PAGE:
Understanding What a 1,000-year Flood Means: The Ellicott City Tale (credit: NOAA NWS Baltimore, MD)
DISCUSSION: On Sunday, May 27th, 2018 Ellicott City in Maryland experienced a devastating flood that tore through the heart of the town. Cars were washed away by what looked like a raging river as water rushed down main street. The water rose fast and high in some locations above the first story of houses. When all was said and done, an estimated eight inches of rain fell over the city in less than 12 hours, with the majority of the rain falling over a three-hour time span. Analysis of the flood determined that Ellicott City was hit with a 1,000-year flood. However, this was not the first 1,000-year flood to hit the city. On July 30, 2016, Ellicott City experienced a similar flooding event, with approximately six inches of rain falling over a two-hour period. Like the most recent event, the 2016 flood left the city in ruins.
But how is it possible to have two 1,000-year floods less than two-years apart from each other? The answer is in what a 1,000-year flood actually means. The term itself is misleading, suggesting that such a flood should happen only once every 1000 years. However, 1,000-year flood represents a hydrological probability defining the likelihood or rarity of a flood occurring. A 1,000-year refers to a 1 in 1000 chance or a 0.1% chance of the flooding event occurring any given year. Similarly, a 100-year flood has a 1 in 100 chance or a 1% chance of occurring each year while a 10-year flood has a 1 in 10 chance or a 10% chance of occurring each year. The U.S. Geological Survey, also known as USGS, refer to this probability as the one percent Annual Exceedance Probability, or the AEP. Along rivers, gauges measure the height of the water and the quality of the waters’ flow across America. The information from the gauges is then statistically analyzed for any given location and the flood probabilities are determined. However, other factors play a role in how likely a flooding event is, which can not necessarily be included in the statistical analysis. For example, the accuracy of the incoming data and changes in how the land is used in any given year. These, combined with generally unpredictable changes in yearly weather patterns, lead to rare events, like a 1,000-year flood, happening in the same location less than two-years apart.
Information provided by the USGS and the NWS in Baltimore (LWX)
Image from the Hydrometeorological Design Studies Center ftp://hdsc.nws.noaa.gov/pub/hdsc/data/aep/201805_Ellicott_City/AEP_Ellicott_City_May2018.jpg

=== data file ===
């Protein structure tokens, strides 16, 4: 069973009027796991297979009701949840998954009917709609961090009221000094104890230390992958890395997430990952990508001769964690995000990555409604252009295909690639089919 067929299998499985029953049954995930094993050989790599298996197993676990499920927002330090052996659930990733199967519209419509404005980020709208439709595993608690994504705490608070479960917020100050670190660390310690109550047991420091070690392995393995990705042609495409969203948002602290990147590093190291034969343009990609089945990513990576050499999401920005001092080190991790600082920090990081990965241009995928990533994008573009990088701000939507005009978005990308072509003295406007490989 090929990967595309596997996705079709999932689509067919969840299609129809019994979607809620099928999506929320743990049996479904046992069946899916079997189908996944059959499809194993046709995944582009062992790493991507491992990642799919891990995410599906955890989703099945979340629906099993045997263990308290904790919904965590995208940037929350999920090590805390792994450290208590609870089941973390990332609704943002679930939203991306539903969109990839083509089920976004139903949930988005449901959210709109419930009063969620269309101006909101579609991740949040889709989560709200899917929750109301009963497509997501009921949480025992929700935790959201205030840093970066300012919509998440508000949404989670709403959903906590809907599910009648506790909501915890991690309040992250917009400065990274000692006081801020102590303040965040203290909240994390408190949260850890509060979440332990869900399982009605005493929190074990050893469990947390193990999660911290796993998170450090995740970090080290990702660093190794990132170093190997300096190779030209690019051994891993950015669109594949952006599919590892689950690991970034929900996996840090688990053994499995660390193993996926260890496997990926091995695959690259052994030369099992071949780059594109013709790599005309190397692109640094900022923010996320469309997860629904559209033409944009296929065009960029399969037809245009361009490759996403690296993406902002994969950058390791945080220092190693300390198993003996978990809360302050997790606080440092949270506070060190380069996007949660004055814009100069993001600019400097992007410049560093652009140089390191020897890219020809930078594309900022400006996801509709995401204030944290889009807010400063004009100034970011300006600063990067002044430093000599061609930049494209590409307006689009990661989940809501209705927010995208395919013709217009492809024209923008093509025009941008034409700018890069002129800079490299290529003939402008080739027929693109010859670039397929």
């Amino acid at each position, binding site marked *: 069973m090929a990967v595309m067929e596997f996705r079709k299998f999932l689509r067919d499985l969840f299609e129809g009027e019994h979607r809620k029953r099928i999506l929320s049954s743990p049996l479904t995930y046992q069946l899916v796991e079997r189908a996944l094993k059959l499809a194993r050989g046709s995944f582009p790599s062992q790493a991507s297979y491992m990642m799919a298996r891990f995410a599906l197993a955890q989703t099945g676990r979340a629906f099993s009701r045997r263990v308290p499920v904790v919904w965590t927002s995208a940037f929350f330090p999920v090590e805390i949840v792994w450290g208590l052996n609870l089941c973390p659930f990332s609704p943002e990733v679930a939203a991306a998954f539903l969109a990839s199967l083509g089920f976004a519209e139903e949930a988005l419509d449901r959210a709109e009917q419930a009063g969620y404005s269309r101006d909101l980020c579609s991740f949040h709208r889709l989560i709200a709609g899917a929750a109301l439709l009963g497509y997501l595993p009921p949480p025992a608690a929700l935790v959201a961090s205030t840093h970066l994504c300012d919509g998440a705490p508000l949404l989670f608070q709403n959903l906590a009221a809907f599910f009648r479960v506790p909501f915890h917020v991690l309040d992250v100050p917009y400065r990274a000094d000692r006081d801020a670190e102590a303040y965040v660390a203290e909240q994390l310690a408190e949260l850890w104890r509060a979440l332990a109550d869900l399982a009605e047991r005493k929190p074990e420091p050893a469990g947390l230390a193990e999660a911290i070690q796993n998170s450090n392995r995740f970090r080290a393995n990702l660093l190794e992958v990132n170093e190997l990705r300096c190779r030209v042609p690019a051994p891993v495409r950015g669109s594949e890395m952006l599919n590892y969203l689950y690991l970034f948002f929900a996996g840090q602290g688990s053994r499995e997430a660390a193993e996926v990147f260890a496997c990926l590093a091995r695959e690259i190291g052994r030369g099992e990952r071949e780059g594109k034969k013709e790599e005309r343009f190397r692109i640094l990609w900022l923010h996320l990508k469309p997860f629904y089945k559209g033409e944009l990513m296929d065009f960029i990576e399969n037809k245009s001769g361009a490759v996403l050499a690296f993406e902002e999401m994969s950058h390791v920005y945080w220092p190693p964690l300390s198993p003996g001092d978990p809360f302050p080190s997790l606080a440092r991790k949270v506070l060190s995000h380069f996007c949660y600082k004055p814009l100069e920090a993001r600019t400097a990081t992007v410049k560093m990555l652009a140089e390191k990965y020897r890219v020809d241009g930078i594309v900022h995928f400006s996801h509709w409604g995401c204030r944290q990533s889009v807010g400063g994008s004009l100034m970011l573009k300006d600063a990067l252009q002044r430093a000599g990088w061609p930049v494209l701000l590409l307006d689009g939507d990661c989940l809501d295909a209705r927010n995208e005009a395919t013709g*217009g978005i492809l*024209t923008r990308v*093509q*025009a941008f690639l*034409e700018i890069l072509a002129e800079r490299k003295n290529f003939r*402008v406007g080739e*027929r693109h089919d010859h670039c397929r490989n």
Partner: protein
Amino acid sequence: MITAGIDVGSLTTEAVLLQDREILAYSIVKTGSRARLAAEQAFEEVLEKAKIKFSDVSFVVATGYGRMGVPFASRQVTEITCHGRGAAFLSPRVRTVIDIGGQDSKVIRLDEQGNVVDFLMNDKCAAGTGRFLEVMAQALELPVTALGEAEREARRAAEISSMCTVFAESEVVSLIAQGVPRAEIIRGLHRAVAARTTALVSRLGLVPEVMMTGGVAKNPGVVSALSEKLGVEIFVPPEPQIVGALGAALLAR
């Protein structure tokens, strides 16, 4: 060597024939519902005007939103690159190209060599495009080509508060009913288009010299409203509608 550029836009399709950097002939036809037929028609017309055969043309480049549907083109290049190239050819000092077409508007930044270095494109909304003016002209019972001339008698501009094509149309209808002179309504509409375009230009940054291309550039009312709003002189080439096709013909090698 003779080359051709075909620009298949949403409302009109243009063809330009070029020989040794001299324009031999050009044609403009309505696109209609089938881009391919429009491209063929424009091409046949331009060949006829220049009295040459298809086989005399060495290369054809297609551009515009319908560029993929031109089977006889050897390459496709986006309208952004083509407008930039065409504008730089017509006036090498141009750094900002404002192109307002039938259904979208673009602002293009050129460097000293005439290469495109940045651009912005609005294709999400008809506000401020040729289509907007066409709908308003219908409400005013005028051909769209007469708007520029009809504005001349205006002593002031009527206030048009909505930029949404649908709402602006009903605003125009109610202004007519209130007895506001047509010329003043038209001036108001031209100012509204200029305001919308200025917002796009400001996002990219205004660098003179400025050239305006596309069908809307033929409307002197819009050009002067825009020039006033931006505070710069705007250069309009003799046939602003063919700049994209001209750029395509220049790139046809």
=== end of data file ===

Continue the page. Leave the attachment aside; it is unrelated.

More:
To learn more about other flooding-related stories and topics from around the world, be sure to click on the following link: https://www.globalweatherclimatecenter.com/flooding!
©2018 Meteorologist Sarah Trojniak
Subtropical Storm Alberto indirectly brought torrential downpours and thunderstorms to the Mid-Atlantic Region. While Alberto did not go straight over the region, a flow of moisture was moving northeast coming from Alberto. The northeast flow moved towards a stationary front that was sitting over the Tennessee Valley and the Mid-Atlantic region. These were the ingredients for the destructive flooding that occurred in Maryland, Virginia and North Carolina.
Ellicott City in Maryland was under water on Sunday, May 27, 2018 when a nearby river overflowed its banks and into the streets of local homes and businesses. Many people needed to be rescued from buildings and vehicles as the force of the water pushed vehicles down the streets. One person lost his life when he was attempting to help a person in need. The above image is from Syria, Virginia where a woman and a young girl were swept away in the flooding. The young girl was quickly found; however, the woman has yet to be found as of the time this article was posted. The image on the top used to be a bridge where people could walk, but the strength of the flooded waters pushed the bridge off and you can see it in the image on the bottom. On Route 33, in Central Virginia, a landslide covered the highway prompting several road closures and detours. If we continue south, North Carolina had its share of landslides and flooding. One landslide compromised the integrity of the Lake Tahoma Dam in North Carolina prompting evacuations. Some areas have received over 6 inches of rain and the threat of rain continues. Many roads have been closed throughout the Mid-Atlantic due to debris and flooding.
Always remember; if you see high water, turn around, don’t drown. It only takes 6 inches of water to stall a vehicle while a foot of water will float many vehicles. Once the water level reaches two feet, your vehicle will likely be carried away. Flooded waters are typically muddy so any debris lurking in the water may not be visible.
Alberto is no longer a threat, but rain will persist through the weekend. With already saturated soil, any additional rainfall will produce more flooding. After the first weekend of June dry weather will make its way back into the area.
Stay tuned for more updates on the flooding situation in the Mid-Atlantic by clicking www.globalweatherclimatecenter.com/flooding
ⓒ 2018 Meteorologist Brandie Cantrell